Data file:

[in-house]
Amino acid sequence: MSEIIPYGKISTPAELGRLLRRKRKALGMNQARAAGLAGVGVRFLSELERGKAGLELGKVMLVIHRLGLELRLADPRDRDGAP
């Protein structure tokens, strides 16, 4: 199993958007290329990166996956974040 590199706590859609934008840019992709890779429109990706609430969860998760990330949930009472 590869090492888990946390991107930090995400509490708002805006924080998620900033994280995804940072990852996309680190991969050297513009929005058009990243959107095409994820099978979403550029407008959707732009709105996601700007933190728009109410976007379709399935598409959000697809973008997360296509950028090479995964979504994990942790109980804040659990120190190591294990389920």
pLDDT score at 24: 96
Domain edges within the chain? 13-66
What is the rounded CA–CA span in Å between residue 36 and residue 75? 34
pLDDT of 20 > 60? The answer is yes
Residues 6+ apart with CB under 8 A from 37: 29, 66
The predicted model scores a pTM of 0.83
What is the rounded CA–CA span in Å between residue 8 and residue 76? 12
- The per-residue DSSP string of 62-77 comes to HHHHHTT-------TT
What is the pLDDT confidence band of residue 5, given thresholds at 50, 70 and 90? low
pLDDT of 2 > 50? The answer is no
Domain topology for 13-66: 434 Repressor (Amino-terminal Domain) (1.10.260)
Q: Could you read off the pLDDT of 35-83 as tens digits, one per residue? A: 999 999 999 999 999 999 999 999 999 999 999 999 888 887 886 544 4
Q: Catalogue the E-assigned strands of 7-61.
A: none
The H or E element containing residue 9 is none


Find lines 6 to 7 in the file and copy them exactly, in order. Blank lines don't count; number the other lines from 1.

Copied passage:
What is the rounded CA–CA span in Å between residue 36 and residue 75? 34
pLDDT of 20 > 60? The answer is yes